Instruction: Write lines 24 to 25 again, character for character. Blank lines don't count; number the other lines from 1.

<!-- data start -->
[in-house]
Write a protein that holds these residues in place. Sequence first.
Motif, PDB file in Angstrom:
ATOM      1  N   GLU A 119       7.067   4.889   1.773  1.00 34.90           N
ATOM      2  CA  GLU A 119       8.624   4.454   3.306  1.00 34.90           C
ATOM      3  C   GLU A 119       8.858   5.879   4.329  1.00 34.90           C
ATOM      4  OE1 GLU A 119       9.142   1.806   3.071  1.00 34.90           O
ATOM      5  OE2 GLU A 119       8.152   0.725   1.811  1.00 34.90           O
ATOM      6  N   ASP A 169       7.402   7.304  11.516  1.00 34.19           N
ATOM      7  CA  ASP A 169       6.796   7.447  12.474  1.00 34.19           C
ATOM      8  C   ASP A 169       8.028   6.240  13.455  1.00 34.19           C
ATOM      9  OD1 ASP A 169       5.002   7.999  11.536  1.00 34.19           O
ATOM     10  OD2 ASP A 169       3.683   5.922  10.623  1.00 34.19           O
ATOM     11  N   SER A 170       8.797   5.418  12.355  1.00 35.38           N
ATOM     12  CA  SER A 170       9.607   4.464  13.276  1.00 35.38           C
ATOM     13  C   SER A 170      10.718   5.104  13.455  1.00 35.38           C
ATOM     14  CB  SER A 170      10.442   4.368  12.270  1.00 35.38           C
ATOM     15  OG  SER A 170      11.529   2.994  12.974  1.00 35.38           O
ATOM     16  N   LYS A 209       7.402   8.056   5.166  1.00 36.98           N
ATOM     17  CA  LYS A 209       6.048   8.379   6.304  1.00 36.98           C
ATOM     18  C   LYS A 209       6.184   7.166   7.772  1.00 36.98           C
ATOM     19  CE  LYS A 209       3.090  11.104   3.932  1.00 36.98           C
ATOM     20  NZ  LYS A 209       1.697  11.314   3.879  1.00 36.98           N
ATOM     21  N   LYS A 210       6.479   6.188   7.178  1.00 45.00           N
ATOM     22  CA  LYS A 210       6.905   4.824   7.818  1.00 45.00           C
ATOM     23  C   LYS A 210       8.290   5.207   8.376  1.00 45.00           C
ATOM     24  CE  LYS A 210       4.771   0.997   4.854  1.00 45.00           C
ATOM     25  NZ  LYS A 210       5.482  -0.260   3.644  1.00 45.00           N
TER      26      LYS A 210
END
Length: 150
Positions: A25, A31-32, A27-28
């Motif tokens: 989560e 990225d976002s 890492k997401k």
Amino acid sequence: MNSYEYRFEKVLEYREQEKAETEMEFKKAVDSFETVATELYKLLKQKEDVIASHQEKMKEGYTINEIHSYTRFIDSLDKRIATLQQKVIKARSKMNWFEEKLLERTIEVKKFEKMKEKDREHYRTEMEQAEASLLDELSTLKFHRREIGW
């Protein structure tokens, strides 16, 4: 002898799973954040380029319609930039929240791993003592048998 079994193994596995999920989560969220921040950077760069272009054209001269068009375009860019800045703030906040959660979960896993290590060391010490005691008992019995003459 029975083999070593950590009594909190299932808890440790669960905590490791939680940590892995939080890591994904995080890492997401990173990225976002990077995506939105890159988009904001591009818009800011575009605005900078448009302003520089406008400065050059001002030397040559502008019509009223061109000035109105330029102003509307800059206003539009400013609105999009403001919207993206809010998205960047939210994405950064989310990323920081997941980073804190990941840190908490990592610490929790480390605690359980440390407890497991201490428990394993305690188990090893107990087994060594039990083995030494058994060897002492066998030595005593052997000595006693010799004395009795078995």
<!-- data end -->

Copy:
ATOM     21  N   LYS A 210       6.479   6.188   7.178  1.00 45.00           N
ATOM     22  CA  LYS A 210       6.905   4.824   7.818  1.00 45.00           C